I attended Parsons Senior High School, and was Student Council President. I never heard of its most famous graduate, Gilbert Baker. I was publicly outed at school by a classmate. The incident forced me to leave my hometown to finish my senior year elsewhere.
I attempted suicide soon after, then decided to join the military to prove I was a man. After four years in the military, I attended the private, Catholic college St. John’s University in Minnesota. It was here I re-discovered my love of music and found a career as a jazz vocalist in Minneapolis. I became a member of the three-time Grammy Award-winning group the Sounds Of Blackness and won my first NAACP Image Award for my work with the group. After twenty-two years in Minnesota, I moved to Los Angeles to work as the personal assistant for Morris Hayes, Prince’s keyboardist and band leader of the New Power Generation.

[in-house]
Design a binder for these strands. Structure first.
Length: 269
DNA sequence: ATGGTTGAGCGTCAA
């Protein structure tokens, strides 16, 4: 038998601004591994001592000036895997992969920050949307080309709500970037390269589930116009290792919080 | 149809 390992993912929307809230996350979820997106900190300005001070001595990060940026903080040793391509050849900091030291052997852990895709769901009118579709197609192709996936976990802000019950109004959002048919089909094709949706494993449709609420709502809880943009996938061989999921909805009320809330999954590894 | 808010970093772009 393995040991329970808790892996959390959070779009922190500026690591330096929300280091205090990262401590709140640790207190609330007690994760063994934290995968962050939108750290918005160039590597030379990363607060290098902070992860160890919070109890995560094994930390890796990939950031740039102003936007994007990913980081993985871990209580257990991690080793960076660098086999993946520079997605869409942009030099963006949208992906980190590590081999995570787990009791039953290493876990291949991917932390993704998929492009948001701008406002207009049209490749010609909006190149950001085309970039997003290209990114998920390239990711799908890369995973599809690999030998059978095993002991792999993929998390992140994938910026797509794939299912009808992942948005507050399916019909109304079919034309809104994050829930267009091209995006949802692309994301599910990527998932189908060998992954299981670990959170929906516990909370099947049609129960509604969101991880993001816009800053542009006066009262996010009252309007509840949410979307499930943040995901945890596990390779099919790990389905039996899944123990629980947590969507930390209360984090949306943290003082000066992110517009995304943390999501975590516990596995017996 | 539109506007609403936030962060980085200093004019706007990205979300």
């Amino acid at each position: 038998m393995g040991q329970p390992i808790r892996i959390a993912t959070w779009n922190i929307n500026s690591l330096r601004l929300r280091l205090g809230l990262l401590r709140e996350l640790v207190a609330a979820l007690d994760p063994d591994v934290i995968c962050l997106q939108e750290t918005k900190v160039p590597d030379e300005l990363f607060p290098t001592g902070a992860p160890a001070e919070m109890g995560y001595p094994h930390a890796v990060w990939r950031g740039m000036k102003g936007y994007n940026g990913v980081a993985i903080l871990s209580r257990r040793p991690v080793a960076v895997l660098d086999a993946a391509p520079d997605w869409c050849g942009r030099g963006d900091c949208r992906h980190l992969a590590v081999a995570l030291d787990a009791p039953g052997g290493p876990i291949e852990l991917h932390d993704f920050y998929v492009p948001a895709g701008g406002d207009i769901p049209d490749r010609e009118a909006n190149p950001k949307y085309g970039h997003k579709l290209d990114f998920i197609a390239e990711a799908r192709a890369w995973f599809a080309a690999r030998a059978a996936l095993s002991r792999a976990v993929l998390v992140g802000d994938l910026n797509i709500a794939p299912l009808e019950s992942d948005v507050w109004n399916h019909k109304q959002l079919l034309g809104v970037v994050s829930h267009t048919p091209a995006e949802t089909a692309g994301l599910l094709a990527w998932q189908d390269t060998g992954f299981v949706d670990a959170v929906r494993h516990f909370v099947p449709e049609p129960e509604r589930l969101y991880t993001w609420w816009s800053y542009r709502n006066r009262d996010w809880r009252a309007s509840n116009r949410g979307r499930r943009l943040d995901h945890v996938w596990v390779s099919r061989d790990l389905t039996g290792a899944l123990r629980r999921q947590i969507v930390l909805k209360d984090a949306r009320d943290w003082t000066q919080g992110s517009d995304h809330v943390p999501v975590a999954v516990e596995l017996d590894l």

Two years later, my father passed away and I returned to Parsons to be with my mother and sisters. Thirty-one years after leaving I returned, but now I was fully gay. In honor of my father, who worked at City Hall, I decided to run for Commissioner/Mayor. I was surprisingly elected — the first openly gay person to hold the office.
During my first year of a four-year term, I learned about my fellow Parsons classmate, Gilbert Baker, creator of the LGBTQ+ Rainbow Flag. I contacted Gilbert to let him know a gay man had been elected to run the town that both of us left due to stigma.
Our phone talks became weekly. I invited Gilbert home to be honored in 2017 with the key to the city. Some classmates began to organize a homecoming celebration for Gilbert — his first return to Parsons since he left in 1969. A film festival in his name was also planned with Gilbert as keynote speaker. Everything was all set but Gilbert suddenly passed away weeks before the homecoming.